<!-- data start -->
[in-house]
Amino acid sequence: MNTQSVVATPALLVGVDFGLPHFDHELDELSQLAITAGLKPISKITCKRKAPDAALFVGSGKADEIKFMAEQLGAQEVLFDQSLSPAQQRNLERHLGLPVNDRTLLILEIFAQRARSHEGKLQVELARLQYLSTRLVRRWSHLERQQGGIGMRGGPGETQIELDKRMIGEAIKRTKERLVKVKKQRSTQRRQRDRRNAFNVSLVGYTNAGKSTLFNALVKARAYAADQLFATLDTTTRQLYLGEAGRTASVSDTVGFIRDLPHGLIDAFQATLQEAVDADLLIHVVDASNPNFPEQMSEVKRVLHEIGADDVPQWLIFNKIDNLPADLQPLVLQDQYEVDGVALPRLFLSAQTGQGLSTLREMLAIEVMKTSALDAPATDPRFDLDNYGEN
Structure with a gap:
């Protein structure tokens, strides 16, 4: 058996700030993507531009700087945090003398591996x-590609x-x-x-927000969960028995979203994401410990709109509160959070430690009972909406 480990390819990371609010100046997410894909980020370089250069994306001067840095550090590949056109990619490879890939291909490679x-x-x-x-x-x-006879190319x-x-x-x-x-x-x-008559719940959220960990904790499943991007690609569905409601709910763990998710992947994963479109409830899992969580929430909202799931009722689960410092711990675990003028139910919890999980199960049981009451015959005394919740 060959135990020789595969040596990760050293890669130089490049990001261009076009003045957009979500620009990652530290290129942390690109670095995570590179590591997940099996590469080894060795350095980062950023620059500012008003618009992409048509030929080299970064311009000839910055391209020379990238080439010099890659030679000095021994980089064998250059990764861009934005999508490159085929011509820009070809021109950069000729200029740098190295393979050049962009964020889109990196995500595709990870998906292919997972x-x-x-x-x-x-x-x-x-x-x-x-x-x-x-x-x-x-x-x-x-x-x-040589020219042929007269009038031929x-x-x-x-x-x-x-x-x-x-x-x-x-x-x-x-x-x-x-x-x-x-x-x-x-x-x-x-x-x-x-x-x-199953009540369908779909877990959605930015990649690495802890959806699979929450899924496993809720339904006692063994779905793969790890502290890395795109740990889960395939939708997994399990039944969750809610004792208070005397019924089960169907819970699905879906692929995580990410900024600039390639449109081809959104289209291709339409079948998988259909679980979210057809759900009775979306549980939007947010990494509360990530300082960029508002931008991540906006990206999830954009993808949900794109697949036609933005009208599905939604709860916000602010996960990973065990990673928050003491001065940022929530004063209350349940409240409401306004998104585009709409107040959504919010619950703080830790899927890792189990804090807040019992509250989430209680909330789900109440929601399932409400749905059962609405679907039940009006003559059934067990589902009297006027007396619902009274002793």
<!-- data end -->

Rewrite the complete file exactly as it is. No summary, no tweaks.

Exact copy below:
[in-house]
Amino acid sequence: MNTQSVVATPALLVGVDFGLPHFDHELDELSQLAITAGLKPISKITCKRKAPDAALFVGSGKADEIKFMAEQLGAQEVLFDQSLSPAQQRNLERHLGLPVNDRTLLILEIFAQRARSHEGKLQVELARLQYLSTRLVRRWSHLERQQGGIGMRGGPGETQIELDKRMIGEAIKRTKERLVKVKKQRSTQRRQRDRRNAFNVSLVGYTNAGKSTLFNALVKARAYAADQLFATLDTTTRQLYLGEAGRTASVSDTVGFIRDLPHGLIDAFQATLQEAVDADLLIHVVDASNPNFPEQMSEVKRVLHEIGADDVPQWLIFNKIDNLPADLQPLVLQDQYEVDGVALPRLFLSAQTGQGLSTLREMLAIEVMKTSALDAPATDPRFDLDNYGEN
Structure with a gap:
């Protein structure tokens, strides 16, 4: 058996700030993507531009700087945090003398591996x-590609x-x-x-927000969960028995979203994401410990709109509160959070430690009972909406 480990390819990371609010100046997410894909980020370089250069994306001067840095550090590949056109990619490879890939291909490679x-x-x-x-x-x-006879190319x-x-x-x-x-x-x-008559719940959220960990904790499943991007690609569905409601709910763990998710992947994963479109409830899992969580929430909202799931009722689960410092711990675990003028139910919890999980199960049981009451015959005394919740 060959135990020789595969040596990760050293890669130089490049990001261009076009003045957009979500620009990652530290290129942390690109670095995570590179590591997940099996590469080894060795350095980062950023620059500012008003618009992409048509030929080299970064311009000839910055391209020379990238080439010099890659030679000095021994980089064998250059990764861009934005999508490159085929011509820009070809021109950069000729200029740098190295393979050049962009964020889109990196995500595709990870998906292919997972x-x-x-x-x-x-x-x-x-x-x-x-x-x-x-x-x-x-x-x-x-x-x-040589020219042929007269009038031929x-x-x-x-x-x-x-x-x-x-x-x-x-x-x-x-x-x-x-x-x-x-x-x-x-x-x-x-x-x-x-x-x-199953009540369908779909877990959605930015990649690495802890959806699979929450899924496993809720339904006692063994779905793969790890502290890395795109740990889960395939939708997994399990039944969750809610004792208070005397019924089960169907819970699905879906692929995580990410900024600039390639449109081809959104289209291709339409079948998988259909679980979210057809759900009775979306549980939007947010990494509360990530300082960029508002931008991540906006990206999830954009993808949900794109697949036609933005009208599905939604709860916000602010996960990973065990990673928050003491001065940022929530004063209350349940409240409401306004998104585009709409107040959504919010619950703080830790899927890792189990804090807040019992509250989430209680909330789900109440929601399932409400749905059962609405679907039940009006003559059934067990589902009297006027007396619902009274002793």